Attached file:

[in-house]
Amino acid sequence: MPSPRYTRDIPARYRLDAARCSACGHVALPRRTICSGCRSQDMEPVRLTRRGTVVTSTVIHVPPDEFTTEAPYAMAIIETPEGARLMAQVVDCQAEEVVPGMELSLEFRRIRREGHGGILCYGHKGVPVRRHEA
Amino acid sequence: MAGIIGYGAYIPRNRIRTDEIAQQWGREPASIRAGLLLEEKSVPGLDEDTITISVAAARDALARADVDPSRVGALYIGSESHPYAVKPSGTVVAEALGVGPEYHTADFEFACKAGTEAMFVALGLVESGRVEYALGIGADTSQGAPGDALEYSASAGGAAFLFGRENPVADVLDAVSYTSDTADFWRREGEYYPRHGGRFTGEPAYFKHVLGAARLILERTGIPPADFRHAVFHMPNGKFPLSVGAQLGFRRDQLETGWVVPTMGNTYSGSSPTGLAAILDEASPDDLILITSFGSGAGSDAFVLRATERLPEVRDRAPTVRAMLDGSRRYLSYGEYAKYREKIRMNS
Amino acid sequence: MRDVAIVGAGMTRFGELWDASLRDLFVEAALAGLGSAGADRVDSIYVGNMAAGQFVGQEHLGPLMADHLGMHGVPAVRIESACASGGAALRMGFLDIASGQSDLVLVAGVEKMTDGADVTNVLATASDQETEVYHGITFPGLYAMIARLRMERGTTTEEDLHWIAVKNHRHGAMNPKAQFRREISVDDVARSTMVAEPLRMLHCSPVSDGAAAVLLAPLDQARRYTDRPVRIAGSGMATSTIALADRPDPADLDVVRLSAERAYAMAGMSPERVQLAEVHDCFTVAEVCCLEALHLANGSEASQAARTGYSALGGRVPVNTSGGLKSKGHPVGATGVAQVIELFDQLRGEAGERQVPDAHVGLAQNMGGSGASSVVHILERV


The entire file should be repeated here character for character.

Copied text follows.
[in-house]
Amino acid sequence: MPSPRYTRDIPARYRLDAARCSACGHVALPRRTICSGCRSQDMEPVRLTRRGTVVTSTVIHVPPDEFTTEAPYAMAIIETPEGARLMAQVVDCQAEEVVPGMELSLEFRRIRREGHGGILCYGHKGVPVRRHEA
Amino acid sequence: MAGIIGYGAYIPRNRIRTDEIAQQWGREPASIRAGLLLEEKSVPGLDEDTITISVAAARDALARADVDPSRVGALYIGSESHPYAVKPSGTVVAEALGVGPEYHTADFEFACKAGTEAMFVALGLVESGRVEYALGIGADTSQGAPGDALEYSASAGGAAFLFGRENPVADVLDAVSYTSDTADFWRREGEYYPRHGGRFTGEPAYFKHVLGAARLILERTGIPPADFRHAVFHMPNGKFPLSVGAQLGFRRDQLETGWVVPTMGNTYSGSSPTGLAAILDEASPDDLILITSFGSGAGSDAFVLRATERLPEVRDRAPTVRAMLDGSRRYLSYGEYAKYREKIRMNS
Amino acid sequence: MRDVAIVGAGMTRFGELWDASLRDLFVEAALAGLGSAGADRVDSIYVGNMAAGQFVGQEHLGPLMADHLGMHGVPAVRIESACASGGAALRMGFLDIASGQSDLVLVAGVEKMTDGADVTNVLATASDQETEVYHGITFPGLYAMIARLRMERGTTTEEDLHWIAVKNHRHGAMNPKAQFRREISVDDVARSTMVAEPLRMLHCSPVSDGAAAVLLAPLDQARRYTDRPVRIAGSGMATSTIALADRPDPADLDVVRLSAERAYAMAGMSPERVQLAEVHDCFTVAEVCCLEALHLANGSEASQAARTGYSALGGRVPVNTSGGLKSKGHPVGATGVAQVIELFDQLRGEAGERQVPDAHVGLAQNMGGSGASSVVHILERV